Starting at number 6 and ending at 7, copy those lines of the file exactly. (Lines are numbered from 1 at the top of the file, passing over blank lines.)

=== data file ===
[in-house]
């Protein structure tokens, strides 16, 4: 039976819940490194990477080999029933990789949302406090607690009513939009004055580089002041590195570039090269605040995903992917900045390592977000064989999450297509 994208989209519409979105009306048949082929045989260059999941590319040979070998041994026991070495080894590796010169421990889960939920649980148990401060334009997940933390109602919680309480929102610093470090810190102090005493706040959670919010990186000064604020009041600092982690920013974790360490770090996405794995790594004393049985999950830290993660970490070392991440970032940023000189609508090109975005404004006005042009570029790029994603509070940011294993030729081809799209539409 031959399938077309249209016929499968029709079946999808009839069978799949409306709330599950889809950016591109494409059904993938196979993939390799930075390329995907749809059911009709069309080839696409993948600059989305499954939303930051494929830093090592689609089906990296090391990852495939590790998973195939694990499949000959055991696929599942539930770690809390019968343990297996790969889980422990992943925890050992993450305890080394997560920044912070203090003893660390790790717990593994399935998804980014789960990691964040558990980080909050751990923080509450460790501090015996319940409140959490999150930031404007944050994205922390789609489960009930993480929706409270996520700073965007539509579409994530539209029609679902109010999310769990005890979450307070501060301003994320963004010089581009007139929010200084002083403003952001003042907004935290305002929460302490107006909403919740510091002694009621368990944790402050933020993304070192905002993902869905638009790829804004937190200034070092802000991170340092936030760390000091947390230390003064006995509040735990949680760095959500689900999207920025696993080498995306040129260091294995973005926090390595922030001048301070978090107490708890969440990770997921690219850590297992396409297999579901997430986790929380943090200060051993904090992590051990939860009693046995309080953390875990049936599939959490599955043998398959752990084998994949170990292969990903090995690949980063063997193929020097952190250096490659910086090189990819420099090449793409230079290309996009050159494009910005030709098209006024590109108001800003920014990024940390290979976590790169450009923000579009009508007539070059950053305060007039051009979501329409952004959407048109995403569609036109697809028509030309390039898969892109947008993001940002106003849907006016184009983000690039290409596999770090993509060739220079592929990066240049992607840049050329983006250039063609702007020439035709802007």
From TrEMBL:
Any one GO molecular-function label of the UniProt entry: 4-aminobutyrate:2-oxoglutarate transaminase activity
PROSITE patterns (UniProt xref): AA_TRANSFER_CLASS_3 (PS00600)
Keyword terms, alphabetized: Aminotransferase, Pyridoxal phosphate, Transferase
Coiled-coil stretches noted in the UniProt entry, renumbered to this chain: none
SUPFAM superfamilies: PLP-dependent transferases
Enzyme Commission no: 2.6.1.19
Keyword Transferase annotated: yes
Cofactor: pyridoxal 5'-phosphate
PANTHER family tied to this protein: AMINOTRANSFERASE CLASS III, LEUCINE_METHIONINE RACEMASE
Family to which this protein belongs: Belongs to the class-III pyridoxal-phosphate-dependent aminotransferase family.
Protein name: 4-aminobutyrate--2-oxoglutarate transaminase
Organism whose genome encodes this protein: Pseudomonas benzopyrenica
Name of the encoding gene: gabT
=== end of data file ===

Keyword terms, alphabetized: Aminotransferase, Pyridoxal phosphate, Transferase
Coiled-coil stretches noted in the UniProt entry, renumbered to this chain: none